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TK's Morning Buzz: How Far Can DVD Producers Stretch the Special Features Envelope?

6 Sep, 2000 By: Thomas K. Arnold

Since DVD was officially launched in March 1997, special features have gone from a nice extra to a driving force.

Early advocates of adding commentaries, deleted footage, and other DVD exclusives, like New Line Home Video's Stephen Einhorn, are not only vindicated, but are being hailed for their vision and foresight. And consumers who still remember the days when the only special features on most discs consisted of subtitles, language tracks and the original theatrical trailer are now feeling short-changed if their discs don't include detailed cast bios, made-for-DVD music videos and at least one commentary track and "making of" featurette.

Looking at extras-packed discs like Artisan Home Entertainment's Terminator 2: Judgment Day, which includes more minutes of added goodies than the original film, makes you wonder where it's all going to end up. How far can DVD producers stretch the special features envelope? How high is the bar ultimately going to be raised, and in which direction will it lean?

I have to admit, when I first began getting DVDs, the movie came first. If I had time, I'd watch a few deleted scenes. Now, the extras are required viewing--and not just for me, but for other members of my family.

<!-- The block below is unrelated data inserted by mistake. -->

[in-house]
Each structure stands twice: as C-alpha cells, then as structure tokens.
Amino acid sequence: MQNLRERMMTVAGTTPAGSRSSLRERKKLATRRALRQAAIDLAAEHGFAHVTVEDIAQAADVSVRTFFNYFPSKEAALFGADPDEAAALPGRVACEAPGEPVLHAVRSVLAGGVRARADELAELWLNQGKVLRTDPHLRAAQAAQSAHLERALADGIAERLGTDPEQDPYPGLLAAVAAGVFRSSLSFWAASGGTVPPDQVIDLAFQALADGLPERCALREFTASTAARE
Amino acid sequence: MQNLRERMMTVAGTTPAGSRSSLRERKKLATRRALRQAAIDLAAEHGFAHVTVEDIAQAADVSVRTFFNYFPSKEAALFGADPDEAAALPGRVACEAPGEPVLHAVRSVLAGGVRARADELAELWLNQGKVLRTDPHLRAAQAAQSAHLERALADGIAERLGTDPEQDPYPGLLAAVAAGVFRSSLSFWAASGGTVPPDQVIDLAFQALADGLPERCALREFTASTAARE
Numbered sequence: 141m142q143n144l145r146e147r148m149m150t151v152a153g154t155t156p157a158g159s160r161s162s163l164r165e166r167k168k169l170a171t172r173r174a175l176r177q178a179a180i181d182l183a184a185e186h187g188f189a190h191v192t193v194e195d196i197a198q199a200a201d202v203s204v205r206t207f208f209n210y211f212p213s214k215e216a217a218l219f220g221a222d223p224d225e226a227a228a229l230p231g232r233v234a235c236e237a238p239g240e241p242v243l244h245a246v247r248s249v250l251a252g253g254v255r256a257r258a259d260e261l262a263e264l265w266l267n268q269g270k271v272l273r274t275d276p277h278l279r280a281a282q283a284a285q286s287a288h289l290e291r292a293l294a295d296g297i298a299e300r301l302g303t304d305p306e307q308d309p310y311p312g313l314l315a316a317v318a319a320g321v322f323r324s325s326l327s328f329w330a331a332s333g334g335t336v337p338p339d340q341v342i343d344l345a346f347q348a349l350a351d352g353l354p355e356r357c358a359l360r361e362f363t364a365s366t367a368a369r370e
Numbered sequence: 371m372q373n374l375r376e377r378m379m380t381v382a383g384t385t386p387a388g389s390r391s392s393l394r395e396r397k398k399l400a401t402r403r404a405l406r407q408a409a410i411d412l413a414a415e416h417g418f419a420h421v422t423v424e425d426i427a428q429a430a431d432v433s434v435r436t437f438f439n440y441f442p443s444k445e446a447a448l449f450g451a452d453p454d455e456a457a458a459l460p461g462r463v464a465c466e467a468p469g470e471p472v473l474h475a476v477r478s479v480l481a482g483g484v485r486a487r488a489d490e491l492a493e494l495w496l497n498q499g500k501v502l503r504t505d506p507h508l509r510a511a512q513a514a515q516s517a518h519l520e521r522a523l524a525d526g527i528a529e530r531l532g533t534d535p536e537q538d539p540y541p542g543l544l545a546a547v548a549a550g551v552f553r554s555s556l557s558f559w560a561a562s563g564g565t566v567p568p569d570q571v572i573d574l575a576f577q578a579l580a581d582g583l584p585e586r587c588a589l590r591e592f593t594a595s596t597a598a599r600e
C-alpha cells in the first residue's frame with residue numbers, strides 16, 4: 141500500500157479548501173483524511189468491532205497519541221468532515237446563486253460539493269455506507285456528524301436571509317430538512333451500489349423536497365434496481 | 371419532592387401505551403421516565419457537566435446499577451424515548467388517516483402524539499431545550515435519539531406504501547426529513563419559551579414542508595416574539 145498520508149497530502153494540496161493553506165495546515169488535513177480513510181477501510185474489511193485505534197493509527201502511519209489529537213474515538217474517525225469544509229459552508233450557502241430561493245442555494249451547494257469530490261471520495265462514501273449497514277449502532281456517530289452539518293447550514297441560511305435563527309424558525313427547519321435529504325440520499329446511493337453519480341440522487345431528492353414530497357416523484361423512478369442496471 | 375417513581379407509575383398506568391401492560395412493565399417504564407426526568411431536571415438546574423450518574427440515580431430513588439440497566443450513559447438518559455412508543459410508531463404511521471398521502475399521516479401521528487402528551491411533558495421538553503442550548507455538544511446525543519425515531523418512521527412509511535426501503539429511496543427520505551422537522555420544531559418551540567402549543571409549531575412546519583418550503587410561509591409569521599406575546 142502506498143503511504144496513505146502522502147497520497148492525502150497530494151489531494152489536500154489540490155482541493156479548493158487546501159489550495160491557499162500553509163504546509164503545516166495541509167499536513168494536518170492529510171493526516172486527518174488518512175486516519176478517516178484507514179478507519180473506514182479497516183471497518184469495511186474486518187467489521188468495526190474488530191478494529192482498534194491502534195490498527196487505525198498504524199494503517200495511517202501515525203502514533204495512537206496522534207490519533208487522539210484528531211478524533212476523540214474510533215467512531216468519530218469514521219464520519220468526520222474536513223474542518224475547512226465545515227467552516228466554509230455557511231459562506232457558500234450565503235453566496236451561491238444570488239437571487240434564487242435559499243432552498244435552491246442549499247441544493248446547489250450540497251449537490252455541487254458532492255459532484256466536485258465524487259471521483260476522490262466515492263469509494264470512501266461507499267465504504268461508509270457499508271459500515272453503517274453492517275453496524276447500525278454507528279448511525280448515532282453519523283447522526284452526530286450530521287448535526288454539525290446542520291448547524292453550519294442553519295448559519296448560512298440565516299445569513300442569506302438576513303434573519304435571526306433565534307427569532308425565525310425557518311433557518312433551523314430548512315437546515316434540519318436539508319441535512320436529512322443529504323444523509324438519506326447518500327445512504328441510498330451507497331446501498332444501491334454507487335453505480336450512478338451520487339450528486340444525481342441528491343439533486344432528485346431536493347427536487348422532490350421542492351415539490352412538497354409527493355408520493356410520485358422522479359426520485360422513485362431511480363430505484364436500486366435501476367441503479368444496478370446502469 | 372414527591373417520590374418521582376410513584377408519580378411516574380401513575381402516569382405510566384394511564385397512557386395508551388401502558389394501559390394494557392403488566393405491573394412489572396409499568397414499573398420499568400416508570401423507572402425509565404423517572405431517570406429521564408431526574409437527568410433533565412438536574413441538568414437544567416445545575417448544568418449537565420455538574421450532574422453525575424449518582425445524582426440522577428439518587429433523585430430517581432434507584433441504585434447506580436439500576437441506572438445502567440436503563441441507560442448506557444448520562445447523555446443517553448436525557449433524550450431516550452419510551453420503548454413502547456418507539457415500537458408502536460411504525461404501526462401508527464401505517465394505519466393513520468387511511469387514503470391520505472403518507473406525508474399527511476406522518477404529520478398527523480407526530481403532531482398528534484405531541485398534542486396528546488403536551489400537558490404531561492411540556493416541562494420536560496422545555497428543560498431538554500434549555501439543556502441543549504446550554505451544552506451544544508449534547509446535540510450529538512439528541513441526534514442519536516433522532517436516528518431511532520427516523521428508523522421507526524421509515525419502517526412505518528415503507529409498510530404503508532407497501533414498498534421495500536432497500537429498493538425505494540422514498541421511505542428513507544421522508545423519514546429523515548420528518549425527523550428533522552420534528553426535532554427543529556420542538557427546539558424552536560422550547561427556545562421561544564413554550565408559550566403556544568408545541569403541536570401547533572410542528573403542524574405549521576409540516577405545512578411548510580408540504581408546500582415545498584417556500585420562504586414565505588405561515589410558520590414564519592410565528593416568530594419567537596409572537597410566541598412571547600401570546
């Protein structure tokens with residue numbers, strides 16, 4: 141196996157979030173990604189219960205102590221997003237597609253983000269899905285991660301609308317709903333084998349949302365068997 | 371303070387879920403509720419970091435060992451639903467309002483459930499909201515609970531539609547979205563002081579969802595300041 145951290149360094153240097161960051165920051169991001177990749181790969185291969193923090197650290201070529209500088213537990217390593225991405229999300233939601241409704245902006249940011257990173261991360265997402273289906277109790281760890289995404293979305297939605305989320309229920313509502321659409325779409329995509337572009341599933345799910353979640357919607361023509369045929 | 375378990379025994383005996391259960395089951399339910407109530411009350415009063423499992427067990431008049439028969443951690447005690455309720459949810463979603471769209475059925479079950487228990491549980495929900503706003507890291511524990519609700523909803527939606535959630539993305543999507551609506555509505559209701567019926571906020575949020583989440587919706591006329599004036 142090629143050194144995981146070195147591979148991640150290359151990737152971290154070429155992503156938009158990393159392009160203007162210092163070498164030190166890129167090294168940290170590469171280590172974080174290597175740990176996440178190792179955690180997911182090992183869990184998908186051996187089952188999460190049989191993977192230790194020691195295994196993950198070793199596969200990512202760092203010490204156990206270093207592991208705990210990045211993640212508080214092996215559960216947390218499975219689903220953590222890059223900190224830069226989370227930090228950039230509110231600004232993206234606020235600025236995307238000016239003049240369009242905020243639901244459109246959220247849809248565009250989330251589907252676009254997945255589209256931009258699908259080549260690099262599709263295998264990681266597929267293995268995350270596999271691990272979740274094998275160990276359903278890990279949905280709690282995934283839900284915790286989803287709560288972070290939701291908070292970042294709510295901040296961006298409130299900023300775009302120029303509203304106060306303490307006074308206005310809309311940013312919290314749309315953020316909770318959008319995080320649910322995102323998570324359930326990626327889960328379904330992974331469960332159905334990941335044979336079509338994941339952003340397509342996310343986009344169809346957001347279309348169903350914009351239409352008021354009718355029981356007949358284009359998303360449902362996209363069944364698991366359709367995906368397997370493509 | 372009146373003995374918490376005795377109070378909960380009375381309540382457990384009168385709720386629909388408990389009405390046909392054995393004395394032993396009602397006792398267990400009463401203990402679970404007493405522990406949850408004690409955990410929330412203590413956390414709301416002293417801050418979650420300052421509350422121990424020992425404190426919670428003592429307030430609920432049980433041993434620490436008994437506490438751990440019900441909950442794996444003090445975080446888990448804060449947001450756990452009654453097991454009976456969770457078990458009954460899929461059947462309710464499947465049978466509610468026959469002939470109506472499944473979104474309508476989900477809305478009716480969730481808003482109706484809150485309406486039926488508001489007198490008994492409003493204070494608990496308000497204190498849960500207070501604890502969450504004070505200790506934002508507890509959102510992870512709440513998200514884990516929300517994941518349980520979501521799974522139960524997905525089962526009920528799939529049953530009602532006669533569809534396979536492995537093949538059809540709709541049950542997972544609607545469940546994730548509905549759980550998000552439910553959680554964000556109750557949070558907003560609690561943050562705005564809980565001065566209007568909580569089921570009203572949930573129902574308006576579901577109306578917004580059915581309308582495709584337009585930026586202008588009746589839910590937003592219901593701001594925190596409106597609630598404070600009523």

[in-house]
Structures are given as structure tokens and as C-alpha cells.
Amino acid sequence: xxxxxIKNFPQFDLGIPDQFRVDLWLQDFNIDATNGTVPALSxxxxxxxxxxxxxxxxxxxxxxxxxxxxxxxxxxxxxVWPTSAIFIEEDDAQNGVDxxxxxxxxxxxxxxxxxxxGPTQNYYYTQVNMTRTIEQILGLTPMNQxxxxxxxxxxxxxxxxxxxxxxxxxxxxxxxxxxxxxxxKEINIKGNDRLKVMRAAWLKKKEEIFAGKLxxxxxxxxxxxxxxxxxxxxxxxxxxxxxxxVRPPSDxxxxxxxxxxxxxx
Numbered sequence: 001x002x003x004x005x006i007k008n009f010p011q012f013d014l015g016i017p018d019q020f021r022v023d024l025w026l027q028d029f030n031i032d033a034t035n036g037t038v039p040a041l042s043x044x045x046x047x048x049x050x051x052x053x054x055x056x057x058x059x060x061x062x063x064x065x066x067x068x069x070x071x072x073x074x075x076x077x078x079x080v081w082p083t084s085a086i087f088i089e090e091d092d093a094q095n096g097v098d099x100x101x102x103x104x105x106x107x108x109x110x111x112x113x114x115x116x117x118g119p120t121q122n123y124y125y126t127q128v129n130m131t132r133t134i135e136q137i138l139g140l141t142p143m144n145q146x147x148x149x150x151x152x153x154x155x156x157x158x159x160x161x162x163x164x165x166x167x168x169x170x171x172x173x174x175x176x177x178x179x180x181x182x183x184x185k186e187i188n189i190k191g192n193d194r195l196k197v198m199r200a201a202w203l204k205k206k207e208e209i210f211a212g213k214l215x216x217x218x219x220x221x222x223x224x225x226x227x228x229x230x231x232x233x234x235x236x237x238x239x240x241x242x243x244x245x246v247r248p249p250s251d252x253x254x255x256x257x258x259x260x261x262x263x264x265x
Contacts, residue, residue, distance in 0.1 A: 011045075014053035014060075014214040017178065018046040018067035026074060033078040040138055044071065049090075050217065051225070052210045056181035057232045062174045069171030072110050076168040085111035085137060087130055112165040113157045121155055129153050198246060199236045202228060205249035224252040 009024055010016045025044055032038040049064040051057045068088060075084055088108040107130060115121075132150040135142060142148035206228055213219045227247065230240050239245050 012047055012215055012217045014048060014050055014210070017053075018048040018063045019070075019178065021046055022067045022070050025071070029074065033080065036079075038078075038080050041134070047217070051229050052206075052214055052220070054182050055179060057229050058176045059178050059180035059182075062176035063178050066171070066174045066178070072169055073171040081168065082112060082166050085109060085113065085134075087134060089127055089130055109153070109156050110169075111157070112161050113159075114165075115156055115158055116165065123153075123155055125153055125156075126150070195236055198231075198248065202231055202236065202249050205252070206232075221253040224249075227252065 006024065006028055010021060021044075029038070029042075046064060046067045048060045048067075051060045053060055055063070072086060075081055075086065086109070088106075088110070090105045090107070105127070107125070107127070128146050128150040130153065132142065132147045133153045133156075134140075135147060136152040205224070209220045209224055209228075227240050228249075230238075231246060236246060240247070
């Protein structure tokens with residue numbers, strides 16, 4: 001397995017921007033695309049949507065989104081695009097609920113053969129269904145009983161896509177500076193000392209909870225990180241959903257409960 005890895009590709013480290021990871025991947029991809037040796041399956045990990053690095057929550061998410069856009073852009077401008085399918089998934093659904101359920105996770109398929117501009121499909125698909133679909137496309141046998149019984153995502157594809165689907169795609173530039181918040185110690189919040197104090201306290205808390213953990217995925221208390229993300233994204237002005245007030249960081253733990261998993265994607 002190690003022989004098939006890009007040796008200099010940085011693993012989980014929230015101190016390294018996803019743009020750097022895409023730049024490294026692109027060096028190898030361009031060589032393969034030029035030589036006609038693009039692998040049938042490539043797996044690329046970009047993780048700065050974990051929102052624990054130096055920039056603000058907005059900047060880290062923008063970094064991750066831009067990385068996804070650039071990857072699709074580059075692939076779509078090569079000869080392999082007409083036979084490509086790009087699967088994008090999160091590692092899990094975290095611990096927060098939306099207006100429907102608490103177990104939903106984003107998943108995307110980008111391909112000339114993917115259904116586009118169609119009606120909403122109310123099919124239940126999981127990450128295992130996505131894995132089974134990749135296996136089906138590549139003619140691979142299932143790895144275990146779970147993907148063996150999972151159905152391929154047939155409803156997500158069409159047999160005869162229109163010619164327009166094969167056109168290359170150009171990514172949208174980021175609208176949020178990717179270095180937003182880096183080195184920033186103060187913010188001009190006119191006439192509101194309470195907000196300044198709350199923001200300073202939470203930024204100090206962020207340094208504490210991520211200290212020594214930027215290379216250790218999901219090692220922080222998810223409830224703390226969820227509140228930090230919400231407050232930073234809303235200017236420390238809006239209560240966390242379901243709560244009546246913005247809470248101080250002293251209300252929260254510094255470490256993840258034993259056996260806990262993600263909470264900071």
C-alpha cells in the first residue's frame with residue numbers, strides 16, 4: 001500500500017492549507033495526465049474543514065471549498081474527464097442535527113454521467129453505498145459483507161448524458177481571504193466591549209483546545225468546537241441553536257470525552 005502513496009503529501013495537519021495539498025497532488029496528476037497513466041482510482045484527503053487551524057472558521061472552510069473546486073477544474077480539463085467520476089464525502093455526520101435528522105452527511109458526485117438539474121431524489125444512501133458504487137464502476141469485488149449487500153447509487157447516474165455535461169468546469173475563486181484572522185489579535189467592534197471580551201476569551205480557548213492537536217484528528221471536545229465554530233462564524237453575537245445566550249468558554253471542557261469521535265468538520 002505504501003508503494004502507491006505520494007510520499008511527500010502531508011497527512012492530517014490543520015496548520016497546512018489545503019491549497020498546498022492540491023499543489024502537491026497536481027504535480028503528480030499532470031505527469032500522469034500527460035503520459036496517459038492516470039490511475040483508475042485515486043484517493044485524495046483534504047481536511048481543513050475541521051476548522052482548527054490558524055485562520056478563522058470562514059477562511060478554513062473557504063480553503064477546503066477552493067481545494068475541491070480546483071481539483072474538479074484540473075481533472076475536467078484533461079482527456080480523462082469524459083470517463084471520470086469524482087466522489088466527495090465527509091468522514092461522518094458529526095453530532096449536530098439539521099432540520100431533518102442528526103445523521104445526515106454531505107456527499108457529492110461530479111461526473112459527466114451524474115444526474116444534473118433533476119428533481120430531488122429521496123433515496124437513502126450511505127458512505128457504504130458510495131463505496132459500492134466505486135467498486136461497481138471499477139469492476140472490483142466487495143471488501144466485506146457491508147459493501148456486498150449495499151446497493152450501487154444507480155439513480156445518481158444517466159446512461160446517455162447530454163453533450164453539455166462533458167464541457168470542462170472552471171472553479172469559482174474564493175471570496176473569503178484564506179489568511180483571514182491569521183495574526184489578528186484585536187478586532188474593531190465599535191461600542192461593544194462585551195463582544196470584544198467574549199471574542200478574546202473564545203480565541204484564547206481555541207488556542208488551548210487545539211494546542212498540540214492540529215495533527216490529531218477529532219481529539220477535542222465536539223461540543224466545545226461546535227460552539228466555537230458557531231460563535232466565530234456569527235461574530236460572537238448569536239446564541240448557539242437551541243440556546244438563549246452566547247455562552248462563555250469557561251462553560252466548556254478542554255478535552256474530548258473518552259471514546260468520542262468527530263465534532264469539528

The other night, I watched Universal's excellent Creature from the Black Lagoon with my 4-year-old. Knowing it was a DVD, as soon as the closing credits came on the screen, he turned to me and asked, "Is that all?" I clicked onto "Back to the Black Lagoon," a historical look at the film that includes interviews with surviving cast members and mock-ups of alternative Creature costumes, and we both sat mesmerized for another 20 minutes or so.

Special features are changing our home entertainment viewing habits. We're no longer content with watching the movie--we want more. The only question, at this point, is how much more--and of what type?

I already see a trend developing--more and more, special features are taking the ROM route. Consumers watch all the extras on their disc on their TVs, and then stick it into their computer for more fun.

Columbia TriStar Home Video's innovative Men in Black disc is a harbinger of things to come--special features are going interactive, and involve the Web.

When Sony and Microsoft come out with their respective DVD-playing game machines, the PlayStation2 and the X-Box, I expect this trend to accelerate.

There will soon come a day when watching a movie is an all-day (or all-night) pursuit.

Comments? Contact TK directly at: TKArnold@aol.com

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